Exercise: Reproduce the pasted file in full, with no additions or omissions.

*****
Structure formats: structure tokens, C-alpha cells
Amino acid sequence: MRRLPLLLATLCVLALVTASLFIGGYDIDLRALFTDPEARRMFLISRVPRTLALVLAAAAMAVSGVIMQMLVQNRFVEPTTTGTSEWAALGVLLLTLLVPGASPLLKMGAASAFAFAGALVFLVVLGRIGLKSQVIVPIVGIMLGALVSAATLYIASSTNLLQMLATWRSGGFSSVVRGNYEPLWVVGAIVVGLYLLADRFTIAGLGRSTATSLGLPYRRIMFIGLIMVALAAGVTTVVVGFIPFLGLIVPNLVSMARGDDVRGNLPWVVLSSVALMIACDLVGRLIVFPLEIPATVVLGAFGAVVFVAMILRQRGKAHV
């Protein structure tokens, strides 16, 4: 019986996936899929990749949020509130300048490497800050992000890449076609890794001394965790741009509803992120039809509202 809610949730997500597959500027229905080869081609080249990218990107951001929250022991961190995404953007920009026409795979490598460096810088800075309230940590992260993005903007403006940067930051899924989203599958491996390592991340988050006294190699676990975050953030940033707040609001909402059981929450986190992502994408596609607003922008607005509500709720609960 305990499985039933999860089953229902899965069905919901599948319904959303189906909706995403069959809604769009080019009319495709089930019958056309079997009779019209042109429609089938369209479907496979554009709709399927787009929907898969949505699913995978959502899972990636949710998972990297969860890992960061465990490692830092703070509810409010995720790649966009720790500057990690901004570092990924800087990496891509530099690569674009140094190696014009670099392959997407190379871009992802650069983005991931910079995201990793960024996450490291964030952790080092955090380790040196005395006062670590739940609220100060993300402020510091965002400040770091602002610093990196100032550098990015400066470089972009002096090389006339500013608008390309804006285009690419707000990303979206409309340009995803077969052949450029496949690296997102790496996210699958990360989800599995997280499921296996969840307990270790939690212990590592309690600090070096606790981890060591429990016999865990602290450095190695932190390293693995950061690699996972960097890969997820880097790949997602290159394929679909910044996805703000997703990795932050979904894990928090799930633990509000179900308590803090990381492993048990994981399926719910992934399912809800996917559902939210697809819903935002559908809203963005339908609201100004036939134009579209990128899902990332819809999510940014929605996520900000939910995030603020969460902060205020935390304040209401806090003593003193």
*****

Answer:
Structure formats: structure tokens, C-alpha cells
Amino acid sequence: MRRLPLLLATLCVLALVTASLFIGGYDIDLRALFTDPEARRMFLISRVPRTLALVLAAAAMAVSGVIMQMLVQNRFVEPTTTGTSEWAALGVLLLTLLVPGASPLLKMGAASAFAFAGALVFLVVLGRIGLKSQVIVPIVGIMLGALVSAATLYIASSTNLLQMLATWRSGGFSSVVRGNYEPLWVVGAIVVGLYLLADRFTIAGLGRSTATSLGLPYRRIMFIGLIMVALAAGVTTVVVGFIPFLGLIVPNLVSMARGDDVRGNLPWVVLSSVALMIACDLVGRLIVFPLEIPATVVLGAFGAVVFVAMILRQRGKAHV
């Protein structure tokens, strides 16, 4: 019986996936899929990749949020509130300048490497800050992000890449076609890794001394965790741009509803992120039809509202 809610949730997500597959500027229905080869081609080249990218990107951001929250022991961190995404953007920009026409795979490598460096810088800075309230940590992260993005903007403006940067930051899924989203599958491996390592991340988050006294190699676990975050953030940033707040609001909402059981929450986190992502994408596609607003922008607005509500709720609960 305990499985039933999860089953229902899965069905919901599948319904959303189906909706995403069959809604769009080019009319495709089930019958056309079997009779019209042109429609089938369209479907496979554009709709399927787009929907898969949505699913995978959502899972990636949710998972990297969860890992960061465990490692830092703070509810409010995720790649966009720790500057990690901004570092990924800087990496891509530099690569674009140094190696014009670099392959997407190379871009992802650069983005991931910079995201990793960024996450490291964030952790080092955090380790040196005395006062670590739940609220100060993300402020510091965002400040770091602002610093990196100032550098990015400066470089972009002096090389006339500013608008390309804006285009690419707000990303979206409309340009995803077969052949450029496949690296997102790496996210699958990360989800599995997280499921296996969840307990270790939690212990590592309690600090070096606790981890060591429990016999865990602290450095190695932190390293693995950061690699996972960097890969997820880097790949997602290159394929679909910044996805703000997703990795932050979904894990928090799930633990509000179900308590803090990381492993048990994981399926719910992934399912809800996917559902939210697809819903935002559908809203963005339908609201100004036939134009579209990128899902990332819809999510940014929605996520900000939910995030603020969460902060205020935390304040209401806090003593003193």